Brush Back

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The latest novel by Sara Paretsky does not disappoint its reader. V.I.Warshawski is back to investigate an old murder and prove the convicted killer, a tough elderly woman from the old neighborhood, was falsely accused of beating her daughter to death twenty-five years ago. V.I. is investigating as a favor to a once friend of hers, Frank Guzzo,who asks her to clear his mother’s name. But it gets nasty when Frank’s mom, a.k.a. Stella Guzzo, starts publicly accusing V.I.’s revered cousin, Boom-Boom, a famous hockey player now deceased, as the murderer. The novel weighs in at a hefty 459 pages, but is worth the read for fans of Paretsky.

Devil’s Bridge

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This latest mystery by Linda Fairstein centers on the kidnapping of her main protagonist, assistant DA Alex Cooper, and the efforts of her boyfriend, Detective Mike Chapman to locate her before it’s too late. The department thinks it’s an attempt at revenge by one of the felons that she has put behind bars, and the case moves accordingly. Fingers are also being pointed at  Antonio Estevez, whom Alex is prosecuting for sex trafficking, or Reverend Hal, an unscrupulous pastor known for inappropriate sexual advances toward underage parishioners and paying off politicians to look the other way. A cryptic text by Alex leads Chapman’s investigative efforts to several NY landmarks: Lady Liberty and the George Washington Bridge. Fairstein weaves some interesting facts about the two famous landmarks into her narrative, as Chapman’s hunt for Alex intensifies. It’s a great read for mystery lovers.

Memory Man

index.aspxMemory Man by Baldacci is his latest suspense novel, a rather hefty one at 403 pages, but the characters pull the reader in right at the start. Amos Decker arrives home one evening from his detective shift to find his wife, nine year old daughter and brother-in law dead, murdered in cold blood. A year and a half later, having lost his job as a detective as a result of this horrific event, he has managed to pull himself together and now works as a private investigator. His family’s killer has never been caught, and no possible suspects were ever found. Until one day when he is paid a visit by his former partner with the news that the killer has confessed, and all bets are off. At the same time, there is a mass shooting at the local high school, and he is enlisted to help profile the shooter. Amos has an unusual memory, due to a massive hit years prior while playing pro football and subsequent brain trauma. As a result, he has both hyperthymesia and synthesia, which means he can never forget anything, similar to having a video recorder in one’s head. Synesthetes can count in colors, see time as pictures, and sometimes associate color with people or objects. Amos’s unusual journey to find his family’s murderer and the shooter at the high school will demand every ounce of strength he possesses. Set a good chunk of time aside for this read, it is well worth it.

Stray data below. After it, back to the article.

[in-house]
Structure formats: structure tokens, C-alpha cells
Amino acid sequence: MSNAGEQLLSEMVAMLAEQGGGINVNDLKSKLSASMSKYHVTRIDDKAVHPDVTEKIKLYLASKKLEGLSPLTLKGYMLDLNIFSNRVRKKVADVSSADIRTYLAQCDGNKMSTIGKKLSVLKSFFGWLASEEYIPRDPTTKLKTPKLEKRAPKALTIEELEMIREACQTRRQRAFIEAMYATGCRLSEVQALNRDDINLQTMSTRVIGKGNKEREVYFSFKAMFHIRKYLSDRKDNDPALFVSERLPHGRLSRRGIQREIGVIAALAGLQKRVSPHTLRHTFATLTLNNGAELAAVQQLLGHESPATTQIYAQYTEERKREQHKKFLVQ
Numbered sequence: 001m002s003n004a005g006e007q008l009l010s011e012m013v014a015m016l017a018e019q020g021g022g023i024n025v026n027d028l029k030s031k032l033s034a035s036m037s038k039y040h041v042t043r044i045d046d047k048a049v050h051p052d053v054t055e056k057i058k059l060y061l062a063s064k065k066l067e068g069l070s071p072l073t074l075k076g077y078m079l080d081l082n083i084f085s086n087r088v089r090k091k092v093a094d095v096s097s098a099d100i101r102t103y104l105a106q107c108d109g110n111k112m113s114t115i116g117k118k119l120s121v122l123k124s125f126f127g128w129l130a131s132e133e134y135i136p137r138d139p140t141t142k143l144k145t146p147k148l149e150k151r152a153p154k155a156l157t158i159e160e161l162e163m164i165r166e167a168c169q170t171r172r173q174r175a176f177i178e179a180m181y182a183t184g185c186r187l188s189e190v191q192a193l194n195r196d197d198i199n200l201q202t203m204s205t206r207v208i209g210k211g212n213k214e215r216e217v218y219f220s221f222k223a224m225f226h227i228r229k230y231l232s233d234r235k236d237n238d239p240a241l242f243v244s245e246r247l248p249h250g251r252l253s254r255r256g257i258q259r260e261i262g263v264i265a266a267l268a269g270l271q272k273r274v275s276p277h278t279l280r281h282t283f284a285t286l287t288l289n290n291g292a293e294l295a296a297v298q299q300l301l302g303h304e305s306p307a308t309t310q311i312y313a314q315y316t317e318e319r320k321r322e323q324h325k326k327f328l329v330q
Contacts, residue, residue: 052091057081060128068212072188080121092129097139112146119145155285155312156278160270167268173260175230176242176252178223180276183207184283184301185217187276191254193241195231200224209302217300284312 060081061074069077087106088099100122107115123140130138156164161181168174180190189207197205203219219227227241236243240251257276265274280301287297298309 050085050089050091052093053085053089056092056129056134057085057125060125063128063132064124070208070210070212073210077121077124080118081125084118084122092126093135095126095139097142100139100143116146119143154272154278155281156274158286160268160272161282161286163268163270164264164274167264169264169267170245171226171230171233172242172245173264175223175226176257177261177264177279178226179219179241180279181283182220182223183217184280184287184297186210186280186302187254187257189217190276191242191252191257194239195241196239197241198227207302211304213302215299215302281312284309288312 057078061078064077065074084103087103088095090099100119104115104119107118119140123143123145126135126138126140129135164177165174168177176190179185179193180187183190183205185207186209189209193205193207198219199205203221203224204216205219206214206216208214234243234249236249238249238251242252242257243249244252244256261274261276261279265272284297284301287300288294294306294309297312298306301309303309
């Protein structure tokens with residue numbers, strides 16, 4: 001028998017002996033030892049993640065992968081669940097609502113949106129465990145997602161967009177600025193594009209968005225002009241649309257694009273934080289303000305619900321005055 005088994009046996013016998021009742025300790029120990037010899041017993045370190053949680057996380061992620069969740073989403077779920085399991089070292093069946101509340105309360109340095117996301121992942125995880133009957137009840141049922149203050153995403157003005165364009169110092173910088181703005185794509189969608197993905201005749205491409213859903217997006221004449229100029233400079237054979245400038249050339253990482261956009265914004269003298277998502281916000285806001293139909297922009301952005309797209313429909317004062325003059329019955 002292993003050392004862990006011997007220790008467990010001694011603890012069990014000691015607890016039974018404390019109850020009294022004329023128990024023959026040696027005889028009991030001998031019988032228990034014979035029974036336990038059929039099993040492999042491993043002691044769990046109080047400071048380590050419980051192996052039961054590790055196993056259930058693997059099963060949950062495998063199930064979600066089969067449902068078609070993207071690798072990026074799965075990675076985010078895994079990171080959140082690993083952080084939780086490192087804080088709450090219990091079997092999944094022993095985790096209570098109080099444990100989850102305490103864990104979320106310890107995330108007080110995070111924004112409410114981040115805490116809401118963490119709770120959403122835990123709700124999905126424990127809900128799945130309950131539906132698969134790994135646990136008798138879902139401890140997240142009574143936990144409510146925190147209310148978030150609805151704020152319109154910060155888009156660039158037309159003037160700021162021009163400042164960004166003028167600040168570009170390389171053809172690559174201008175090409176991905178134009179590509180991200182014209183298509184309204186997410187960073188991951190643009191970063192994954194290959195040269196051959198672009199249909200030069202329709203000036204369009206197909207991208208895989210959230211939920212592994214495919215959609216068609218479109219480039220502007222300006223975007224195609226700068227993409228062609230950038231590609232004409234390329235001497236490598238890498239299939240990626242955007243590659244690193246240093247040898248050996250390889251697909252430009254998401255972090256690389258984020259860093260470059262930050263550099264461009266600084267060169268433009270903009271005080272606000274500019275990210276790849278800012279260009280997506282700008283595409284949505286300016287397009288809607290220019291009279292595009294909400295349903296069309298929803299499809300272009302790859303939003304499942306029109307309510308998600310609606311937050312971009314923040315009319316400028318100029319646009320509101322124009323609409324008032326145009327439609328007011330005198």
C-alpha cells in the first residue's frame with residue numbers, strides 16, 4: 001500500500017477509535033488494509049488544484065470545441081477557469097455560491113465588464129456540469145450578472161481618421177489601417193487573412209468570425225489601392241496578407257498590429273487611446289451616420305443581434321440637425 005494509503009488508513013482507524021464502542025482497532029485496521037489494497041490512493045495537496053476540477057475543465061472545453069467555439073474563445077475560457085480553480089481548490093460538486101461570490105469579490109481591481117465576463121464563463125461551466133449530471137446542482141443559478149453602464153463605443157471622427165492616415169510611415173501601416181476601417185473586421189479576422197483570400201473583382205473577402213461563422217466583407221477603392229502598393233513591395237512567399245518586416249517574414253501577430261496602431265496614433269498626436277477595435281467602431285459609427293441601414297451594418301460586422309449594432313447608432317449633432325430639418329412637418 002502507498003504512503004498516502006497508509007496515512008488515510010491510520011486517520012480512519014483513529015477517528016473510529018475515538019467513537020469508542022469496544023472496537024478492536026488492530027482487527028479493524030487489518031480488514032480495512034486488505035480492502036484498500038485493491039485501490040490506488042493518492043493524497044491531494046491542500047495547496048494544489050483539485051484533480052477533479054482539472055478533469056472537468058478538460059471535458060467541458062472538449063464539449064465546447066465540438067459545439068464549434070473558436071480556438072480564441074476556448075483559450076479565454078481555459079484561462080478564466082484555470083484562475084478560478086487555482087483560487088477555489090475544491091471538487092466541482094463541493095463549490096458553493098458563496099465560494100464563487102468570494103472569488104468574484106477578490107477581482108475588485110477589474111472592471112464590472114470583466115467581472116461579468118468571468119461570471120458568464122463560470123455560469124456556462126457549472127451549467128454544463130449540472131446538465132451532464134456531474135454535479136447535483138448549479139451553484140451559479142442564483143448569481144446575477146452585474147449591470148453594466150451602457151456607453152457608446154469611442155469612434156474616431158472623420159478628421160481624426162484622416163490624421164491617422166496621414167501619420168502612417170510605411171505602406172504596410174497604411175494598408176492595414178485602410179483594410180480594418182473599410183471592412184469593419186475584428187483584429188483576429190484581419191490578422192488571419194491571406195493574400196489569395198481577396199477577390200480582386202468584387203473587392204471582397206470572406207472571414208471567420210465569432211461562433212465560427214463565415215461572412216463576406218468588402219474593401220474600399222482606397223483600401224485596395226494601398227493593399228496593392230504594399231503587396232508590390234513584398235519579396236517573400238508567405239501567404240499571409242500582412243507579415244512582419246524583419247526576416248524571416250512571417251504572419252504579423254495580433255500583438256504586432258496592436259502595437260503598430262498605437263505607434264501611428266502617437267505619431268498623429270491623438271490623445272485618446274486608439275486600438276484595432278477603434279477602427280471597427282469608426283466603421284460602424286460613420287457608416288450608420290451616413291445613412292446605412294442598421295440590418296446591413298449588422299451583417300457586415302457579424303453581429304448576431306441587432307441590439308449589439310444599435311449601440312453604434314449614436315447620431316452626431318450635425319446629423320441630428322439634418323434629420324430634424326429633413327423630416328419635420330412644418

The Fifth Gospel by Ian Caldwell

5th gospelCo-writer of The Rule of Four, Caldwell pens an intriguing mystery surrounding two brothers and the Shroud of Turin, the cloth believed to have covered Christ’s body in the tomb. The novel is set in 2004, and begins on the property of the Vatican. Father Alexander Andreou, an Eastern Catholic priest with a young son, receives an urgent phone call one evening from his brother Simon, a Roman Catholic priest, who begs Alex to “pick him up before the police do…”  When he arrives at Castel Gandolfo, Alex finds Simon standing over the dead body of their mutual friend,Ugo Nogara, who was working on an exhibit for the Vatican Museum, whose focus was the Shroud. The mystery of Ugo’s death is just one piece of the puzzle, which widens to include the Crusades, Pope John Paul II’s dying wish, the Orthodox Church and the four Gospels of the New Testament.

The Fifth Gospel is fast-paced, and provides a fictional look inside Vatican politics for the curious reader.

Murder in Clichy by Cara Black

amy ledThis is an older novel in the Aimee Leduc investigation series, #5, and was published in 2005. Aimee is a Parisian computer security expert, who finds herself embroiled in murder investigations as she tries to simultaneously run her security firm. Her partner in the firm, Rene is a dwarf but well schooled in martial arts. This mystery involves a number of stolen Vietnamese jade zodiac figurines, shortly after Amy takes possession of them, intending to give to a third party. the jade pieces are sought by many, and Aimee’s partner Rene is kidnapped in an effort to force her to find the valuable figurines.

Black uses vivid descriptions as Aimee runs around Paris, which is enjoyable to read if you have already visited the city. The list of characters involved in quite long, and sometimes difficult to keep track of. But the novel flows well, and keeps you in suspense until the end.